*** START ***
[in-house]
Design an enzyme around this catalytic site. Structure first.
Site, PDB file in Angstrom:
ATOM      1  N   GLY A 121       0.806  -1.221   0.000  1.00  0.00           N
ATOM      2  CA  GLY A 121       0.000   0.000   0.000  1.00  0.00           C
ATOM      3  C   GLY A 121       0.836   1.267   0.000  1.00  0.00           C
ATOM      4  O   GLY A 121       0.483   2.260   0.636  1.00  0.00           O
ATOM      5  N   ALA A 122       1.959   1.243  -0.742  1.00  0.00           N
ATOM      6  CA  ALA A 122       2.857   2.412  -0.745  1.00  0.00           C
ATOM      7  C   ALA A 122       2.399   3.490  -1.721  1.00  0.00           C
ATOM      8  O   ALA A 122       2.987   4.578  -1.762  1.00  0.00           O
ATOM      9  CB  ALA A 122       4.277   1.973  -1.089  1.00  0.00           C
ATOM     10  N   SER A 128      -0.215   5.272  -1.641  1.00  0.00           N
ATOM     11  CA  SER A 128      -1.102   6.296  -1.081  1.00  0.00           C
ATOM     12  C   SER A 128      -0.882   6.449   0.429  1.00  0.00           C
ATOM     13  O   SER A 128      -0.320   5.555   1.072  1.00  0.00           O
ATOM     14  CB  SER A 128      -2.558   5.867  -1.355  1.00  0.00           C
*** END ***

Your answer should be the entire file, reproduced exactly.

[in-house]
Design an enzyme around this catalytic site. Structure first.
Site, PDB file in Angstrom:
ATOM      1  N   GLY A 121       0.806  -1.221   0.000  1.00  0.00           N
ATOM      2  CA  GLY A 121       0.000   0.000   0.000  1.00  0.00           C
ATOM      3  C   GLY A 121       0.836   1.267   0.000  1.00  0.00           C
ATOM      4  O   GLY A 121       0.483   2.260   0.636  1.00  0.00           O
ATOM      5  N   ALA A 122       1.959   1.243  -0.742  1.00  0.00           N
ATOM      6  CA  ALA A 122       2.857   2.412  -0.745  1.00  0.00           C
ATOM      7  C   ALA A 122       2.399   3.490  -1.721  1.00  0.00           C
ATOM      8  O   ALA A 122       2.987   4.578  -1.762  1.00  0.00           O
ATOM      9  CB  ALA A 122       4.277   1.973  -1.089  1.00  0.00           C
ATOM     10  N   SER A 128      -0.215   5.272  -1.641  1.00  0.00           N
ATOM     11  CA  SER A 128      -1.102   6.296  -1.081  1.00  0.00           C
ATOM     12  C   SER A 128      -0.882   6.449   0.429  1.00  0.00           C
ATOM     13  O   SER A 128      -0.320   5.555   1.072  1.00  0.00           O
ATOM     14  CB  SER A 128      -2.558   5.867  -1.355  1.00  0.00           C